African American Atheists and Political Liberation
A Study of the Sociocultural Dynamics of Faith
"Persuasively isolates and describes a philosophical tradition of 'black liberation atheism' that emerges, gaining coherence and momentum, in the twentieth century. Lackey's description and analysis of black liberationist atheism will startle scholars into reconsidering the religious politics of familiar authors and intellectual figures like Richard Wright, Nella Larsen, and Langston Hughes."--Dana D. Nelson, Vanderbilt University
This study of atheist African American writers poses a substantive challenge to those who see atheism in despairing and nihilistic terms. Lackey argues that while most white atheists mourn the loss of faith, many black atheists--believing the "God-concept" spawns racism and oppression--consider the death of God a cause for personal and political hope.
Focusing on a little-discussed aspect of African American literature, this full-length analysis of African American atheists' treatment of God fills a huge gap in studies that consistently ignore their contributions. Examining how a belief in God and His "chosen people" necessitates a politics of superiority and inferiority, Lackey implicitly considers the degree to which religious faith is responsible for justifying oppression, even acts of physical and psychological violence.
In their secular vision of social and political justice, black atheists argue that only when the culture adopts and internalizes a truly atheist politics--one based on pluralism, tolerance, and freedom--will radical democracy be achieved. Of primary interest to scholars of African American studies, this volume also will appeal to religious scholars, philosophers, anthropologists, freethinkers, and religious and secular humanists.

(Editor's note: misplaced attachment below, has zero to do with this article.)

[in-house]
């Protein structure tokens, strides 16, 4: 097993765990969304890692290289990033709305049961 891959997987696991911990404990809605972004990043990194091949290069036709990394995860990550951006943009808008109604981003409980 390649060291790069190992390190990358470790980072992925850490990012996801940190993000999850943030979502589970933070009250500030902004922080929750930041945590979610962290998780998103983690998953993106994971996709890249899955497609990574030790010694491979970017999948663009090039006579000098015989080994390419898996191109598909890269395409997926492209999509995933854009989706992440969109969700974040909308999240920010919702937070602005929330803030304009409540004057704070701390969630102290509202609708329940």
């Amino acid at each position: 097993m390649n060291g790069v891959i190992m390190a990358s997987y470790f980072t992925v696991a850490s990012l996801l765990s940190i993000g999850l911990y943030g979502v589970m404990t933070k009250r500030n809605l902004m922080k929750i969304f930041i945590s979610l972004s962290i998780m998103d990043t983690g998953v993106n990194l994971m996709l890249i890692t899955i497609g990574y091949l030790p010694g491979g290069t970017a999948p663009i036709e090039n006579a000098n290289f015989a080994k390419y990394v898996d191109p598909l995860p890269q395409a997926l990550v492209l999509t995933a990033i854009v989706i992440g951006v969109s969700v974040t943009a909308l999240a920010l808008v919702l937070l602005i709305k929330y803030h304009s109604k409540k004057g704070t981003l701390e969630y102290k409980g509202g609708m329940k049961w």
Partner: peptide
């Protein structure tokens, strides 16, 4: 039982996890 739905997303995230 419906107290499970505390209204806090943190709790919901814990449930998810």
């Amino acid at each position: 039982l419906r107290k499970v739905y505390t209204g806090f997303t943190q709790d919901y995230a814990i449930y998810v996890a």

A recipient of the Alexander von Humboldt Fellowship, Michael Lackey is an associate professor at the University of Minnesota, Morris. He is also the author of The Modernist God State: A Literary Study of the Nazis' Christian Reich.
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Choice Outstanding Academic Title - 2008
"Takes issue with both religious and humanists who hold these views. While he maintains that most white atheists mourn the death of God, he argues that most African-American atheists find in it a source of liberation and optimism for a bright political future."
--Free Inquiry: The Magazine of Secular Humanism
"An original and provocative approach to a genuinely neglected aspect of 20th-century African American literature, this well-written, accessible book turns the tables on conventional accounts of African American
religious beliefs. . . . Essential."
Selected as a Choice Outstanding Academic Title
"An important contribution to the field of religious studies, and is required reading for students and scholars of African-American religion."
--Religious Studies Review
"Open[s] up a new generic space, and give[s] us a sense of the potential Lackey's theories hold for future scholarship on African-American literature."
--Religion and the Arts
"Well worth reading."
--Peace & Change: A Journal of Peace Research